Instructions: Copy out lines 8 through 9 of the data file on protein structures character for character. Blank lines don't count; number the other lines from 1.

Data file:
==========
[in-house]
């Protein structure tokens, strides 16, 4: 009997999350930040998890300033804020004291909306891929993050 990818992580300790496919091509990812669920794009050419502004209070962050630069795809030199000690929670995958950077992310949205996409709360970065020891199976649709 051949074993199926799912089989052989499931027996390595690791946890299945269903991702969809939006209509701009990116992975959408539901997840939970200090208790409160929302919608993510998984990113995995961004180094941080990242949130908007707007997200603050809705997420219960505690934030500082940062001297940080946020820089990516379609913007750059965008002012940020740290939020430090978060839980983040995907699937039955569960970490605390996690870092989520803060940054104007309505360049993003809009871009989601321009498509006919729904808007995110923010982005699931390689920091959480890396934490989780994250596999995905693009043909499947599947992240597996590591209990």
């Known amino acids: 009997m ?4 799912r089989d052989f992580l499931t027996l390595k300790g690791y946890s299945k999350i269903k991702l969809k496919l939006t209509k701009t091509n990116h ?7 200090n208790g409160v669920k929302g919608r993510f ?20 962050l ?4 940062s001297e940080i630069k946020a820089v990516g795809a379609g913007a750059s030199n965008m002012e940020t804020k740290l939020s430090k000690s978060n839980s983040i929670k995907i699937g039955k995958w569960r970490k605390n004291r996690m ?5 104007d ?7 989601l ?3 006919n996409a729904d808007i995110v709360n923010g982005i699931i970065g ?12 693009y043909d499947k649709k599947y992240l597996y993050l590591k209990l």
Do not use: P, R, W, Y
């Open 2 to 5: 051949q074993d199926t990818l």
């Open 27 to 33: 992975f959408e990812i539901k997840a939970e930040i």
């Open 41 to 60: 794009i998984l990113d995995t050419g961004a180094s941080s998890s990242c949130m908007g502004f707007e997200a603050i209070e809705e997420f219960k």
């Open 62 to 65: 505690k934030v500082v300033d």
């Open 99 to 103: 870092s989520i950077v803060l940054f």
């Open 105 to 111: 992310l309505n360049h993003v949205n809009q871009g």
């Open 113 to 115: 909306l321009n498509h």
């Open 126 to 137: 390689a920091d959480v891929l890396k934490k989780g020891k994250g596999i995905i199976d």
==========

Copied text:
């Open 62 to 65: 505690k934030v500082v300033d």
């Open 99 to 103: 870092s989520i950077v803060l940054f």